What's the used Ford Kuga 4x4 like?
The first-generation Ford Kuga was a stylish car that was generally well-received. Some, though, thought that it prioritised design a little too highly above function for a hotly contested class that included the likes of the iconic Nissan Qashqai.
This second-generation car was designed to be sold in North America too, and is, therefore, bigger, more upmarket and competes against a whole new class of larger SUVs and 4x4s than the old model. It ran from 2013 until it was replaced by an all-new model in 2020.
Early examples of the Kuga can be found with a turbocharged 1.6-litre petrol engine, this being replaced in 2016 by a smaller 1.5-litre. The entry-level 1.5 TDCi diesel engine may be small in size, but should have enough grunt for most people. If you regularly have a full car though, the 2.0-litre 150 is especially good. There's the choice of a six-speed manual or dual-clutch automatic gearboxes on most versions, as well as front or four-wheel drive. All combinations are solid and eager performers.
There are plenty of trim levels to choose from, too. Entry-level Zetec models offer all of the essentials; air-con, electric windows and cruise control are all standard, although we would be tempted to look for a car fitted with the optional 8.0in touchscreen infotainment system. Moving up to Titanium brings a few niceties, such as the upgraded infotainment system, dual-zone climate control, rear parking sensors, part-leather seats, and automatic lights and wipers. ST-Line models are the sporty option and feature a bodykit, sports suspension, 18in wheels, black detailing for the outside, floor mats with red piping and a self-parking system. The latter not only brings front and rear parking sensors, but also means the Kuga can steer itself into a parallel parking spot.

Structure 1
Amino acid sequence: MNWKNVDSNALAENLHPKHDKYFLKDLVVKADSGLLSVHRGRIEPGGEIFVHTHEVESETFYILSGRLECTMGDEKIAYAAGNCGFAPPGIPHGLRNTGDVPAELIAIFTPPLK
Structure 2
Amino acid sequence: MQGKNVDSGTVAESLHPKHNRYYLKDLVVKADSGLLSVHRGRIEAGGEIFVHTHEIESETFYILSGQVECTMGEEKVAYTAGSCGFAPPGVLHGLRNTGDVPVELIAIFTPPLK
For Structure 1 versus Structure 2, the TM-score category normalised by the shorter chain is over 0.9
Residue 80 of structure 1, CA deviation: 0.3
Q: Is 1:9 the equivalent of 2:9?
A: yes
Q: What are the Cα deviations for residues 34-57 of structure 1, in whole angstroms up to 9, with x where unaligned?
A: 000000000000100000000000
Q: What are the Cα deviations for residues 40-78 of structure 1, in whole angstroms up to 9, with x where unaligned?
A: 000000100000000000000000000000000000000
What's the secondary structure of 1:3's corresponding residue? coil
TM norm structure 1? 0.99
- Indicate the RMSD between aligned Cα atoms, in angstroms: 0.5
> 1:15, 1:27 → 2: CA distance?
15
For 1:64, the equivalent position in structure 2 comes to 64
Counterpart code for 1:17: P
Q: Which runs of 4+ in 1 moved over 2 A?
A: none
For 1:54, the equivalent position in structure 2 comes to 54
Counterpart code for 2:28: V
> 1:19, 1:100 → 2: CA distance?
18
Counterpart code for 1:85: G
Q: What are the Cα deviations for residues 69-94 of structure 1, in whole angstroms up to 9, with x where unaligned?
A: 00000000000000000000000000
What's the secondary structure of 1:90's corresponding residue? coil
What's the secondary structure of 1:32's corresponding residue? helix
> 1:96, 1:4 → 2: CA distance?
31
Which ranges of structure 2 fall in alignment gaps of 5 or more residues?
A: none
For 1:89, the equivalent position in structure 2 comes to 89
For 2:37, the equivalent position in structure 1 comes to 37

The range-topping Vignale version arrived in 2016 and adds perpendicular parking assist, a powered tailgate and adaptive xenon headlights as standard, as well as a liberal upholstering of Windsor leather on the seats, interior doors and dashboard.
Where the Kuga really surprises is in its ride and handling, both of which are accomplished to the level where it feels more like a hatchback than an SUV of old, with good body control and agility and neat absorption of bigger bumps and road irregularities. Patched up town roads can cause it to shimmer slightly, but on the whole, occupants will be comfortable.
Looking the sizeable exterior dimensions of the Kuga, you'd be forgiven for expecting a spacious interior. However, it is soundly beaten by the Tardis-like Seat Ateca according to our measurements for both front and rear seat room. What's more, the use of some scratchy plastics means it doesn't feel as well made as the Ateca or Mazda CX-5 inside. The boot is a good size, but one or two in this class have a larger capacity.
What used Ford Kuga 4x4 will I get for my budget?
Prices for an early 2013 Kuga start at around £5000, at the time of writing, but we think it’d be wise to up the ante to around £8000 for a 2015 example. Upwards of £10,000 will secure a good 2017 car, and from £13,000 upwards you’ll be able to find a 2019 model. Spend around £16,000 to £18,000 for a run-out 2020 car.